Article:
Date: 14-04-2013: This wasn’t a game that Western Railways won. It was a game that Maharashtra lost. Abysmal team shooting by Maharashtra through the entire duration of the match destroyed any hopes they might have harboured about winning this game. They shot an atrocious 35% from the field, 29% from the 3 point arc and 50% from the free throw line.
Another prominent factor that worked against the home side was the huge mismatch in rebounding on both ends of the floor. Western Railways were served well down low by no. 14 Jaskaran Singh and no. 12 Ankit, who literally dwarfed their opposition counterparts. This size advantage led WR to a staggering 50 to 26 scoring differential in the paint and a 14 to 0 difference in second chance points.
All of these factors led to the landslide margin of WR’s victory, which led by 15 at the half and finally ended up with a 25 point winning margin. For the WR team, India international Prakash Mishra (7) showed his class, scoring 33 points to go along with his 9 boards. Centre Jaskaran Singh (14) chipped in with 17 points.
“We lacked in bench strength and height. Only 5 to 6 of our players are regular players. 2 to 3 of our best players from the Navy, and a couple of our players from Pune didn’t turn up. We only had 1 day of camp.”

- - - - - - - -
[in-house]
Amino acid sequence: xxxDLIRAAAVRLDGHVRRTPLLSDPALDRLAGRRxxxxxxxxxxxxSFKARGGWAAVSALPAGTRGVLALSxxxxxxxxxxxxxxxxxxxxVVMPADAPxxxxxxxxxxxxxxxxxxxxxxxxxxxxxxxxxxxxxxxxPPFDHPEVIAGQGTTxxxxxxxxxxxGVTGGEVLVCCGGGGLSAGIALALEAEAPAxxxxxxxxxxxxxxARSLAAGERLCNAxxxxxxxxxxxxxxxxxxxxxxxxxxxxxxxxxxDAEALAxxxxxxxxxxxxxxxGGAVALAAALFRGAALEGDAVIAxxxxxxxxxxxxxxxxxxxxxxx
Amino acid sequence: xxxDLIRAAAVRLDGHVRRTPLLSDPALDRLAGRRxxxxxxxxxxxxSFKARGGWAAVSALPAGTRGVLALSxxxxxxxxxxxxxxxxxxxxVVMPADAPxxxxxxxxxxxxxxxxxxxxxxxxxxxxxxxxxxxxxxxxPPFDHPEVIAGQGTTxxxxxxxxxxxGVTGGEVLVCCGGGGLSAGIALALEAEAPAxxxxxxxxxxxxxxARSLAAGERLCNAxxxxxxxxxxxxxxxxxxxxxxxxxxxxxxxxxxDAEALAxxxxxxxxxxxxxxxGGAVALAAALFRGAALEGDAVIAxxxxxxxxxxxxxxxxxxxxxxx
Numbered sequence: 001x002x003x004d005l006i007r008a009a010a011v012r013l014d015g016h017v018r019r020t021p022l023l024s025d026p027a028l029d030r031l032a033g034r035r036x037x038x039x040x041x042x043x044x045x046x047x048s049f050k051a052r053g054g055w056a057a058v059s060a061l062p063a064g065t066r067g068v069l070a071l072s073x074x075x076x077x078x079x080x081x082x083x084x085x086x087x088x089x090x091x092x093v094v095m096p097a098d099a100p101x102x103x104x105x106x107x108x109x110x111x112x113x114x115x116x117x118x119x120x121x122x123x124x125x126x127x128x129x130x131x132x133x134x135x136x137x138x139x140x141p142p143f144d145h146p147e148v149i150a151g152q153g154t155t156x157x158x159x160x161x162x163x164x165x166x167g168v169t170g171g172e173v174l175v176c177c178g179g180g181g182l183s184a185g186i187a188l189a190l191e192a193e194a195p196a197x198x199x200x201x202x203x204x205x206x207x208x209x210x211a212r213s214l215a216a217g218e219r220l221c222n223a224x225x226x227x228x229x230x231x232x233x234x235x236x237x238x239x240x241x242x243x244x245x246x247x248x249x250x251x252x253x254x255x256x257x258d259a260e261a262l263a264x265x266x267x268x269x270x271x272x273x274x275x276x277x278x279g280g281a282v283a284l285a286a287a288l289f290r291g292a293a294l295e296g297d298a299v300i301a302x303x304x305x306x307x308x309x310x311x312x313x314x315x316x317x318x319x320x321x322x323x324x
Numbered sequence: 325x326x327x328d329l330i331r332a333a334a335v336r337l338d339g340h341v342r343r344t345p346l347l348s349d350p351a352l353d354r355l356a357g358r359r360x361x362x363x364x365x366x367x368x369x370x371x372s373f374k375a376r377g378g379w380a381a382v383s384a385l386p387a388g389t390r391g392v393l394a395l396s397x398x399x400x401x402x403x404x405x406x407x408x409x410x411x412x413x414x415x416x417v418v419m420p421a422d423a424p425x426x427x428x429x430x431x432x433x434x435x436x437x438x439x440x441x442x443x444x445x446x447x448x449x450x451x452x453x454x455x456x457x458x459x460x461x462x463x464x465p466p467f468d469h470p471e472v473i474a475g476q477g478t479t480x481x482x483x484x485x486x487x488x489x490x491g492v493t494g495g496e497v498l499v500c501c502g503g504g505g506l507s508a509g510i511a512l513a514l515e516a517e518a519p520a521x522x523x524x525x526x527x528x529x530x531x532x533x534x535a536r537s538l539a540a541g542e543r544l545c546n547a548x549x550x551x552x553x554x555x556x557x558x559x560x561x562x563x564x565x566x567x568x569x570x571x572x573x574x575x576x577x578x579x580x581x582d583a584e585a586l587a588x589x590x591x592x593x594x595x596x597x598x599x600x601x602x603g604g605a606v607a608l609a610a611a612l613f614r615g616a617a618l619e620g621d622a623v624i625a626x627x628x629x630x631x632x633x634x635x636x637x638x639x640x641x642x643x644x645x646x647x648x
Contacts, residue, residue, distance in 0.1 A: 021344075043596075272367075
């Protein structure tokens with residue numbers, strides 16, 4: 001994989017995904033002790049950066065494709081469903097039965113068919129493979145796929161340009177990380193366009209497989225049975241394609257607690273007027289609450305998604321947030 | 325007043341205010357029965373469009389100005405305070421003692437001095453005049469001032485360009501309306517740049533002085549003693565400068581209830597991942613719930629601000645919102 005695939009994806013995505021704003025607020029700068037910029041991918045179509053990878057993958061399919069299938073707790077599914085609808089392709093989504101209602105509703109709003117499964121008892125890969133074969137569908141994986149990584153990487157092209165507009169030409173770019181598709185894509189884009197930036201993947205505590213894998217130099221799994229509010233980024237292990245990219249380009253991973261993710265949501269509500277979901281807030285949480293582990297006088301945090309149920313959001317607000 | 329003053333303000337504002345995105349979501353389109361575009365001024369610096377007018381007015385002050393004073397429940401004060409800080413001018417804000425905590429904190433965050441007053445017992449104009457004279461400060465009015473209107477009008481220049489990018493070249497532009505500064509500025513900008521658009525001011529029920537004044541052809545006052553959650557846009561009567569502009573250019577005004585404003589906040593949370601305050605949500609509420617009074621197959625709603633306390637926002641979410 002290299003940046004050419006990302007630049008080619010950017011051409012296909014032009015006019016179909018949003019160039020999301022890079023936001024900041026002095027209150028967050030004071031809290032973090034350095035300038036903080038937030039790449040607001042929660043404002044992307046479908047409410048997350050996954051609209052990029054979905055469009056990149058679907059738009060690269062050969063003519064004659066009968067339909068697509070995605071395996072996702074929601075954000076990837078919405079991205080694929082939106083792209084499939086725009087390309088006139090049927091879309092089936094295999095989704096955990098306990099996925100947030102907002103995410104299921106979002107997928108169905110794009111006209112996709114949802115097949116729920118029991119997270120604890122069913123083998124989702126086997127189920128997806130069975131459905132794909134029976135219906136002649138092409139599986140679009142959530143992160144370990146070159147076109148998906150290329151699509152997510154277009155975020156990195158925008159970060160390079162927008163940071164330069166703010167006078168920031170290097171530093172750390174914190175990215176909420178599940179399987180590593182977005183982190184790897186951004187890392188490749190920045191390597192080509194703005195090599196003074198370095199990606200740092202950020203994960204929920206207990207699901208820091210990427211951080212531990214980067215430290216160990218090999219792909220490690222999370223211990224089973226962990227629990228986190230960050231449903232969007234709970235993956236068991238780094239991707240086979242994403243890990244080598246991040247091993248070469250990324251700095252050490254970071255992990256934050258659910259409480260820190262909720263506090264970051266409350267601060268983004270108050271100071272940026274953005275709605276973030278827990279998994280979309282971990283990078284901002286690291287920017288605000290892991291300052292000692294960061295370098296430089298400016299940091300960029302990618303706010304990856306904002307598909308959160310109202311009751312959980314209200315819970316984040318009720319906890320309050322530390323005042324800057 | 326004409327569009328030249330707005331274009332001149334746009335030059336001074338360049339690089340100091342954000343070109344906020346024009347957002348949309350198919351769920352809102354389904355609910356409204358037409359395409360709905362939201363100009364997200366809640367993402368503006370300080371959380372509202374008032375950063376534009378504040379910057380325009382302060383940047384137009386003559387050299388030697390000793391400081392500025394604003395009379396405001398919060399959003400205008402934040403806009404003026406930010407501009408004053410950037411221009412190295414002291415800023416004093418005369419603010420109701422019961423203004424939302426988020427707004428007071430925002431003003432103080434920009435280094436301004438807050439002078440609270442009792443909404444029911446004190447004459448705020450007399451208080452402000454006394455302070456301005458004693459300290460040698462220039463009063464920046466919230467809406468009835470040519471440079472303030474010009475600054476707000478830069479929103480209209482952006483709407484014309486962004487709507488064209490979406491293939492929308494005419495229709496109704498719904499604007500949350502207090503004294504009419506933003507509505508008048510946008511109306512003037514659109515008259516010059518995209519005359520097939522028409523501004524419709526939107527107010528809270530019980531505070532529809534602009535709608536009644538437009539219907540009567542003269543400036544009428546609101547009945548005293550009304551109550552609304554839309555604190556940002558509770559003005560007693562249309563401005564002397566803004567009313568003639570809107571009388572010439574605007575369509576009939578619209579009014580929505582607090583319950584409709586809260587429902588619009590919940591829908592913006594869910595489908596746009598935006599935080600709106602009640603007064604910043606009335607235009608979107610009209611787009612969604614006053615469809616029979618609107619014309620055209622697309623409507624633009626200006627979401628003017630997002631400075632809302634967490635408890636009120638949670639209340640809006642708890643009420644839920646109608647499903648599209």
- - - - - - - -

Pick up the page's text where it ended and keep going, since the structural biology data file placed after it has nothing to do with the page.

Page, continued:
– Maharashtra Coach Antar Pal Singh, explaining his team’s poor outing
“They are a young side. Lack of concentration while taking shots caused them to miss. We were mentally prepared that we must win.”
– Prakash Mishra, the veteran WR Point Guard refuses to read too much into their win, knowing tougher tests against Indian Overseas Bank and Indian Air Force await
No. 7 Prakash Mishra, the Railways and India veteran, tried to run down the clock in order to take the final shot at the end of the first quarter. Just as he made his move, his drive was thwarted and the defense stole the ball away. Amit Gahlot (9) of Maharashtra lay-ed the ball just as the buzzer went off.
Sometime in the second quarter, Prakash Mishra made a quick turn table to shake off his defender. He then stutter stepped and blew past the next defender, only to miss the open layup. But he recovered in time to collect his own rebound and score.
The defensive energy of both teams in the first quarter, with strong physical games on display.
Terrible shooting % of both teams in the first quarter, missing wide open jumpers and layups. At the end of Q1, the scores read a lowly 14-12 in favour of WR.
Maharashtra’s shooting woes continued throughout the game (35% FG, 29% 3Pt, 50% FTs). These bricks silenced the spectators as well, who reserved their most vociferous cheers whenever Maharashtra actually converted a basket.
Maharasthra’s players appeared rushed, chaotic and out of sync from the first to the final whistle. No attempt was made to create quality plays. It is possible that playing in front of the home crowd had them in jitters.
Turnovers: While both teams were guilty of it, WR had 8 TOs as against Maharashtra’s 3. WR compensated though by dominating the boards (57% of the overall rebounds).
This event’s coverage is also available on the official Ramu Memorial website.